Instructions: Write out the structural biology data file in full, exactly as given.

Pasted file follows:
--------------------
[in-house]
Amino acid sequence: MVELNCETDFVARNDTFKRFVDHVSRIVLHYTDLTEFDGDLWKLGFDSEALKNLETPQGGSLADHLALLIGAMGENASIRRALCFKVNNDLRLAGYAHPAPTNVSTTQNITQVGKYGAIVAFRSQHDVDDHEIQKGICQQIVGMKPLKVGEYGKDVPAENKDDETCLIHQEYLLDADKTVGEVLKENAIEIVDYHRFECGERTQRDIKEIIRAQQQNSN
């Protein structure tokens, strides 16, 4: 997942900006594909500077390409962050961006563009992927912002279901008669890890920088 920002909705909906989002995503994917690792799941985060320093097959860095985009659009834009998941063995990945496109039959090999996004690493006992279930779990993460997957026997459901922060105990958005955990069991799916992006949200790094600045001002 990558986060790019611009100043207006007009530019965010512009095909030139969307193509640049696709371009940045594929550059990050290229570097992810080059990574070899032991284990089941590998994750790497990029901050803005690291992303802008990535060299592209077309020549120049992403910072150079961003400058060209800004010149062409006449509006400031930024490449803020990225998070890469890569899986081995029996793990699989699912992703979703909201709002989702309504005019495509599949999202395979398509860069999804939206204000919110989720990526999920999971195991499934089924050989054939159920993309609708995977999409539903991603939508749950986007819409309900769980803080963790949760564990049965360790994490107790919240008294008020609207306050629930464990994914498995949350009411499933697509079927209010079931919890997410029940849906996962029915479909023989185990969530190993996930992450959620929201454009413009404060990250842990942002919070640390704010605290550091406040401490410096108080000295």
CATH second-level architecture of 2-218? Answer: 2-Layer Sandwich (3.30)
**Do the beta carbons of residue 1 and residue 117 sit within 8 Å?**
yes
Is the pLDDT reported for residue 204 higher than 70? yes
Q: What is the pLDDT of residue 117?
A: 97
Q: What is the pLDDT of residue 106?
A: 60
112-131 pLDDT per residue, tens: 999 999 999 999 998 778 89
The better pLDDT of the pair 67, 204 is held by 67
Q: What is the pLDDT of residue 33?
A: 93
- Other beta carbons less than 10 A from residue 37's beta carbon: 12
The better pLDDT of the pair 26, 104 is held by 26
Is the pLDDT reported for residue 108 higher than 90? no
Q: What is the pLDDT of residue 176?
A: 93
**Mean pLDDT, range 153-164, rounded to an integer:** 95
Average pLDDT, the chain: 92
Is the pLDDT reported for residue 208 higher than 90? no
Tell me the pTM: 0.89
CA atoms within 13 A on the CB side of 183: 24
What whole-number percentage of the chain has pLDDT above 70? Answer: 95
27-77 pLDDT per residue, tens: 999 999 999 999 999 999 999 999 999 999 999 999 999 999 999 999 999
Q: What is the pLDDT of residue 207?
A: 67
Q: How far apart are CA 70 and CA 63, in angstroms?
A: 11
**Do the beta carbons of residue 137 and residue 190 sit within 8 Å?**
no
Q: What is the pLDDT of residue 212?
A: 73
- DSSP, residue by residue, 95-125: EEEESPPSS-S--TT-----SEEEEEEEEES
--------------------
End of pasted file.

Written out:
[in-house]
Amino acid sequence: MVELNCETDFVARNDTFKRFVDHVSRIVLHYTDLTEFDGDLWKLGFDSEALKNLETPQGGSLADHLALLIGAMGENASIRRALCFKVNNDLRLAGYAHPAPTNVSTTQNITQVGKYGAIVAFRSQHDVDDHEIQKGICQQIVGMKPLKVGEYGKDVPAENKDDETCLIHQEYLLDADKTVGEVLKENAIEIVDYHRFECGERTQRDIKEIIRAQQQNSN
């Protein structure tokens, strides 16, 4: 997942900006594909500077390409962050961006563009992927912002279901008669890890920088 920002909705909906989002995503994917690792799941985060320093097959860095985009659009834009998941063995990945496109039959090999996004690493006992279930779990993460997957026997459901922060105990958005955990069991799916992006949200790094600045001002 990558986060790019611009100043207006007009530019965010512009095909030139969307193509640049696709371009940045594929550059990050290229570097992810080059990574070899032991284990089941590998994750790497990029901050803005690291992303802008990535060299592209077309020549120049992403910072150079961003400058060209800004010149062409006449509006400031930024490449803020990225998070890469890569899986081995029996793990699989699912992703979703909201709002989702309504005019495509599949999202395979398509860069999804939206204000919110989720990526999920999971195991499934089924050989054939159920993309609708995977999409539903991603939508749950986007819409309900769980803080963790949760564990049965360790994490107790919240008294008020609207306050629930464990994914498995949350009411499933697509079927209010079931919890997410029940849906996962029915479909023989185990969530190993996930992450959620929201454009413009404060990250842990942002919070640390704010605290550091406040401490410096108080000295």
CATH second-level architecture of 2-218? Answer: 2-Layer Sandwich (3.30)
**Do the beta carbons of residue 1 and residue 117 sit within 8 Å?**
yes
Is the pLDDT reported for residue 204 higher than 70? yes
Q: What is the pLDDT of residue 117?
A: 97
Q: What is the pLDDT of residue 106?
A: 60
112-131 pLDDT per residue, tens: 999 999 999 999 998 778 89
The better pLDDT of the pair 67, 204 is held by 67
Q: What is the pLDDT of residue 33?
A: 93
- Other beta carbons less than 10 A from residue 37's beta carbon: 12
The better pLDDT of the pair 26, 104 is held by 26
Is the pLDDT reported for residue 108 higher than 90? no
Q: What is the pLDDT of residue 176?
A: 93
**Mean pLDDT, range 153-164, rounded to an integer:** 95
Average pLDDT, the chain: 92
Is the pLDDT reported for residue 208 higher than 90? no
Tell me the pTM: 0.89
CA atoms within 13 A on the CB side of 183: 24
What whole-number percentage of the chain has pLDDT above 70? Answer: 95
27-77 pLDDT per residue, tens: 999 999 999 999 999 999 999 999 999 999 999 999 999 999 999 999 999
Q: What is the pLDDT of residue 207?
A: 67
Q: How far apart are CA 70 and CA 63, in angstroms?
A: 11
**Do the beta carbons of residue 137 and residue 190 sit within 8 Å?**
no
Q: What is the pLDDT of residue 212?
A: 73
- DSSP, residue by residue, 95-125: EEEESPPSS-S--TT-----SEEEEEEEEES